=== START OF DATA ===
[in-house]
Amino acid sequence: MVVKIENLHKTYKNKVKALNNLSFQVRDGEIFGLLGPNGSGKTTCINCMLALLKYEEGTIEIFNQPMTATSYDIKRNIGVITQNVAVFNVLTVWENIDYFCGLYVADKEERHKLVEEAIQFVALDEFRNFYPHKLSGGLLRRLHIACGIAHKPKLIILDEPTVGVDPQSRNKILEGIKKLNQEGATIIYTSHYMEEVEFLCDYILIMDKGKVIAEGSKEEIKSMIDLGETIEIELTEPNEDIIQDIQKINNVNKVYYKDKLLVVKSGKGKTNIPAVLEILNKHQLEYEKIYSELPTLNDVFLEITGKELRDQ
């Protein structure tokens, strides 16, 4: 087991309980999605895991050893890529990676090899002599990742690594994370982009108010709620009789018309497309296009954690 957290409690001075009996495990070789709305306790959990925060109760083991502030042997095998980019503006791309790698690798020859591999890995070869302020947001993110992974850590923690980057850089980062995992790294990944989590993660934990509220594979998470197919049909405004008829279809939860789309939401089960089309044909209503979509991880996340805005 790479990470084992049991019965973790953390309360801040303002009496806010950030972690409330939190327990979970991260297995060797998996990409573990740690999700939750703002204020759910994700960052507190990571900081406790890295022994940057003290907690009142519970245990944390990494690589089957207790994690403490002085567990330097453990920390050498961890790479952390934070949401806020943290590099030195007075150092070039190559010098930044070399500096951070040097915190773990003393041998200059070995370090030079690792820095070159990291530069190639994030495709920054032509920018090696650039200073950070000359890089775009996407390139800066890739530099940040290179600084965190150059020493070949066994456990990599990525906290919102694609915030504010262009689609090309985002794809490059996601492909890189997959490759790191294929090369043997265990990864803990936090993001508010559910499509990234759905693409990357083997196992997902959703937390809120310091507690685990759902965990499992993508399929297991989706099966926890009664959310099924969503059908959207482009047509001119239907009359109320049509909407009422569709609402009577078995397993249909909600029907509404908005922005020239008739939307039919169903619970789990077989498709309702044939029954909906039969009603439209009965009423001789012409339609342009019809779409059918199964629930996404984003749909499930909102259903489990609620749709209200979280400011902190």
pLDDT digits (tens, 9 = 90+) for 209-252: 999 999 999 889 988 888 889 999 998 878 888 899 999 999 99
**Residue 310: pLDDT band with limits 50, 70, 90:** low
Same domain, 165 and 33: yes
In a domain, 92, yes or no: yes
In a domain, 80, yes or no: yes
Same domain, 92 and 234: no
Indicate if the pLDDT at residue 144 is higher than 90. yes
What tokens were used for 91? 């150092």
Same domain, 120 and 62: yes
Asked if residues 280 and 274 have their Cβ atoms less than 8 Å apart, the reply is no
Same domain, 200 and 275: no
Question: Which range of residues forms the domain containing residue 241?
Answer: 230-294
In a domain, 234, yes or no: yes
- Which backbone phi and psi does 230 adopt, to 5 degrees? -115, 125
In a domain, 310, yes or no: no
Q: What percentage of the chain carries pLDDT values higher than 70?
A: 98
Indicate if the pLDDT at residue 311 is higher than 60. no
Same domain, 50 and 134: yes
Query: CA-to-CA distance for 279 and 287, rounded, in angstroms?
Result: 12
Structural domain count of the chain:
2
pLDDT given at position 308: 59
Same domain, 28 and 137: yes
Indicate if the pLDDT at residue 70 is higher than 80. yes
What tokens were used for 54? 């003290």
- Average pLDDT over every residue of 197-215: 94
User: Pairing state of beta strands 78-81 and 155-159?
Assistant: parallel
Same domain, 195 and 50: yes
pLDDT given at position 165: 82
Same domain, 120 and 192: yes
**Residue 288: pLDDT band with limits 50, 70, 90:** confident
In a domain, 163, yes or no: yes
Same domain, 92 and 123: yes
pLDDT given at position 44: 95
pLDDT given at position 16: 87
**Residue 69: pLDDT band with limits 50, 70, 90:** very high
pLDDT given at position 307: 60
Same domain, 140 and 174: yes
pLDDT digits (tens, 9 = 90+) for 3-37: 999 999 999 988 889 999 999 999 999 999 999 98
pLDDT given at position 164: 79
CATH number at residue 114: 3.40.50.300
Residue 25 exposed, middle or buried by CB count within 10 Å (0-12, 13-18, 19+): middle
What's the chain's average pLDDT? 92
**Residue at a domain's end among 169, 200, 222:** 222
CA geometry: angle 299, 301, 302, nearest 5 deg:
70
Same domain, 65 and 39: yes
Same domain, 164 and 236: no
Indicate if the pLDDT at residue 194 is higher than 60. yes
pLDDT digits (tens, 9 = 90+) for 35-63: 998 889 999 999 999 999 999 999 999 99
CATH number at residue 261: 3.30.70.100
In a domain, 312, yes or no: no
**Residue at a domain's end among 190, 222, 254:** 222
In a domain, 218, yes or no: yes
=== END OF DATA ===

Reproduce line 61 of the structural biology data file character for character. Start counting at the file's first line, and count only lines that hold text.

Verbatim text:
In a domain, 218, yes or no: yes